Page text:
ONLINE - ISSUE 25
2006 Audio Karma AKFest - Page 3
Paul Kegger's room contained a myriad of new and (mostly) vintage gear, including DCM Time Window speakers and Antique Sound Labs amps on static display. In active use were the ADS L880 speakers, complemented by a Denon DP-62L turntable, EAR 834P phono preamp, modded Dynakit Stereo 70 amp (employing new production 350B tubes), Carver C-9 Sonic Holography Generator and B&K PT3 Series II tuner/preamp. Listening to Kegger's system, I enjoyed myself immensely listening to the Rolling Stones on vinyl, and I had to tear myself away to move on to the next room.
Next, it was onward to Squid Ward's room, where I was greeted by a myriad of vintage and DIY gear, including some very impressive tube amps and preamps designed and built by Douglas Piccard. Pioneer HPM-60 speakers were driven by a 12B4-based preamp and a HY1269-based amp, good for 15-wpc. Per Piccard, the amp utilized a never-before-realized E-linear circuit. Other components included a Heathkit oscilloscope and a Monster Power Conditioner to buttress the sagging hotel AC voltage. In listening to the system, I was struck by the great stage depth and very lifelike vocal presence. On static display was an EL84-based amp utilizing a Dynaco ST-35 circuit.
Moving on, I encountered Punker's room, containing Walsh Model i speakers, Delphi turntable, Blue Circle BC 3 (Mk. I) preamp and Blue Circle BC 26 (Mk. I) amp. While I didn't get to listen long, I thought the system sounded very musical, and I have to commend Punker on his taste in music, as he was playing Yes' "Yours Is No Disgrace."
Next up was NOS Valves. Klipsch LaScala speakers were doing the singing in this room, augmented by add-on midranges and tweeters. Driving the LaScalas was a Juicy Music Blueberry preamp and KT-88-based VRD monoblock amps. Source components consisted of Sota and Music Hall turntables, and a Sony CD changer. NOS Valves' room was another with excellent taste, playing Jethro Tull's This Was, and I was impressed with the systems ability to sound forceful yet refined—relaxed dynamism was this system's strength.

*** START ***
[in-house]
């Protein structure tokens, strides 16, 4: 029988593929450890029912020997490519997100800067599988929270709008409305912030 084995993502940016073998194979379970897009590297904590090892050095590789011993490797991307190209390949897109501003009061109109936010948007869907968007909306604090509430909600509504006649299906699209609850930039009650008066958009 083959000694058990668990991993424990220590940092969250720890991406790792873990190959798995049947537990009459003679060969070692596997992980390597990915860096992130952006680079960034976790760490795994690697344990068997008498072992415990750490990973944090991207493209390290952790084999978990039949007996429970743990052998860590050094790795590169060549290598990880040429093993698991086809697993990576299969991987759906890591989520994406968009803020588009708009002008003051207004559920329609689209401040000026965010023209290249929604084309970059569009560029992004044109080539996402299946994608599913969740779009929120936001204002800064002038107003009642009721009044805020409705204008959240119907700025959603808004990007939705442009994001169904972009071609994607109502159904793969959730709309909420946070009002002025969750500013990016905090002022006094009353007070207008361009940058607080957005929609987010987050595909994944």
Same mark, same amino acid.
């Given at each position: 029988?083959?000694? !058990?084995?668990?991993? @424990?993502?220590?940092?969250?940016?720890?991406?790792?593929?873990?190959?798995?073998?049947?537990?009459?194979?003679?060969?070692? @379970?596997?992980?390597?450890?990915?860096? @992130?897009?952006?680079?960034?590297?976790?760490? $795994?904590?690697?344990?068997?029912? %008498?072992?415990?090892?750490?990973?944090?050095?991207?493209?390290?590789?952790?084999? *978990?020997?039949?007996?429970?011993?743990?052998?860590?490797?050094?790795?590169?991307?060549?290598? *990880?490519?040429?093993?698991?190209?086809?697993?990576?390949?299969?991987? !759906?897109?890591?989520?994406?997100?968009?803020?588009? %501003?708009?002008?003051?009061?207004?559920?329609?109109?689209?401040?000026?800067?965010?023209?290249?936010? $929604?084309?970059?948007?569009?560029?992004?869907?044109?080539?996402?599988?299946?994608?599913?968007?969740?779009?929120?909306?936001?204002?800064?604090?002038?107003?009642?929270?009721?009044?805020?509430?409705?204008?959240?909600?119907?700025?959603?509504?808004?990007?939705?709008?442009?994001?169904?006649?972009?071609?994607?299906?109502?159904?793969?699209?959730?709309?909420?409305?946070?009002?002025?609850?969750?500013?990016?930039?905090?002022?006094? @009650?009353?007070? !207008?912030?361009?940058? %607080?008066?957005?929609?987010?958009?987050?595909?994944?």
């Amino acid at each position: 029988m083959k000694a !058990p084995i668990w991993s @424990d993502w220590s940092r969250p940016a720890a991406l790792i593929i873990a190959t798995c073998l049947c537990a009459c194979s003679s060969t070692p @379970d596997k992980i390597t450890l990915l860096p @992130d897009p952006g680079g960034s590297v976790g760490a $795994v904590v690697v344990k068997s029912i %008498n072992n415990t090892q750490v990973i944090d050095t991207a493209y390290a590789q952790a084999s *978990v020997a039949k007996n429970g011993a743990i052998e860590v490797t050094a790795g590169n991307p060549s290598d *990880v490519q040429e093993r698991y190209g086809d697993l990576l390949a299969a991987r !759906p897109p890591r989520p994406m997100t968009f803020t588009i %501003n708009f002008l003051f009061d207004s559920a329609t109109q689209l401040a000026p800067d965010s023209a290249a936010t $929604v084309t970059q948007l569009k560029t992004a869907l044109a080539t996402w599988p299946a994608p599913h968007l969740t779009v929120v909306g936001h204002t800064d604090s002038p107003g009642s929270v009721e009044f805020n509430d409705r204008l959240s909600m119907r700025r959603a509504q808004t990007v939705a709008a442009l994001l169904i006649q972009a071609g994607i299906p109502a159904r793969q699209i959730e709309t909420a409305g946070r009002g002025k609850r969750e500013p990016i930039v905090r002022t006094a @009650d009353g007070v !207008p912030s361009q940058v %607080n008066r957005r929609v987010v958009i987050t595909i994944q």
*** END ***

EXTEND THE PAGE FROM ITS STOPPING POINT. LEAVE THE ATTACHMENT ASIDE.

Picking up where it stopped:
Entering the Salk Signature Sound room, I was immediately drawn to the beautiful Salk loudspeakers, the Veracity HT1 stand mount monitor ($1895 - $2795, depending on finish), and the Veracity HT3 floorstanding speaker ($3895 - $5500, depending on finish with passive crossover; $10,000 with active crossover). Employing top-notch drivers and components, Salk is able to price their products so aggressively by selling direct to consumers. I listened to the larger HT3 speakers driven by a DEQ active crossover and room correction processor and a six-channel ATF amp in a tri-amp configuration. That's right; each individual speaker driver had its own amp. Listening, I heard great air and transparency, with a natural presence and bloom to the midrange. I was very impressed.